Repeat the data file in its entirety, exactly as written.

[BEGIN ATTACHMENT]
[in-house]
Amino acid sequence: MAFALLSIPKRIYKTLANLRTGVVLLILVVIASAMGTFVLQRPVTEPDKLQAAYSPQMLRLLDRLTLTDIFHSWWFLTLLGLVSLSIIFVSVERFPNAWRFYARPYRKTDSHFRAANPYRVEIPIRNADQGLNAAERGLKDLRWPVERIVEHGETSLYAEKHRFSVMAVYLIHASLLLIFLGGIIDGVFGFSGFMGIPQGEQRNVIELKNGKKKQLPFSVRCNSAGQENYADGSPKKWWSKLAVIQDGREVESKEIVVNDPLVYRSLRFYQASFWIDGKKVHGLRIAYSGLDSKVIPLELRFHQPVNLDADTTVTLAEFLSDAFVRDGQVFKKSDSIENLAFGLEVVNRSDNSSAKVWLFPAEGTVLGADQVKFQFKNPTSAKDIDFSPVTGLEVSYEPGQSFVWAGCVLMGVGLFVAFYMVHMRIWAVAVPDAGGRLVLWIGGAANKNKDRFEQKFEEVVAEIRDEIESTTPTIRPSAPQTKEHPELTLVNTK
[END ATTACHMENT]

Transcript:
[in-house]
Amino acid sequence: MAFALLSIPKRIYKTLANLRTGVVLLILVVIASAMGTFVLQRPVTEPDKLQAAYSPQMLRLLDRLTLTDIFHSWWFLTLLGLVSLSIIFVSVERFPNAWRFYARPYRKTDSHFRAANPYRVEIPIRNADQGLNAAERGLKDLRWPVERIVEHGETSLYAEKHRFSVMAVYLIHASLLLIFLGGIIDGVFGFSGFMGIPQGEQRNVIELKNGKKKQLPFSVRCNSAGQENYADGSPKKWWSKLAVIQDGREVESKEIVVNDPLVYRSLRFYQASFWIDGKKVHGLRIAYSGLDSKVIPLELRFHQPVNLDADTTVTLAEFLSDAFVRDGQVFKKSDSIENLAFGLEVVNRSDNSSAKVWLFPAEGTVLGADQVKFQFKNPTSAKDIDFSPVTGLEVSYEPGQSFVWAGCVLMGVGLFVAFYMVHMRIWAVAVPDAGGRLVLWIGGAANKNKDRFEQKFEEVVAEIRDEIESTTPTIRPSAPQTKEHPELTLVNTK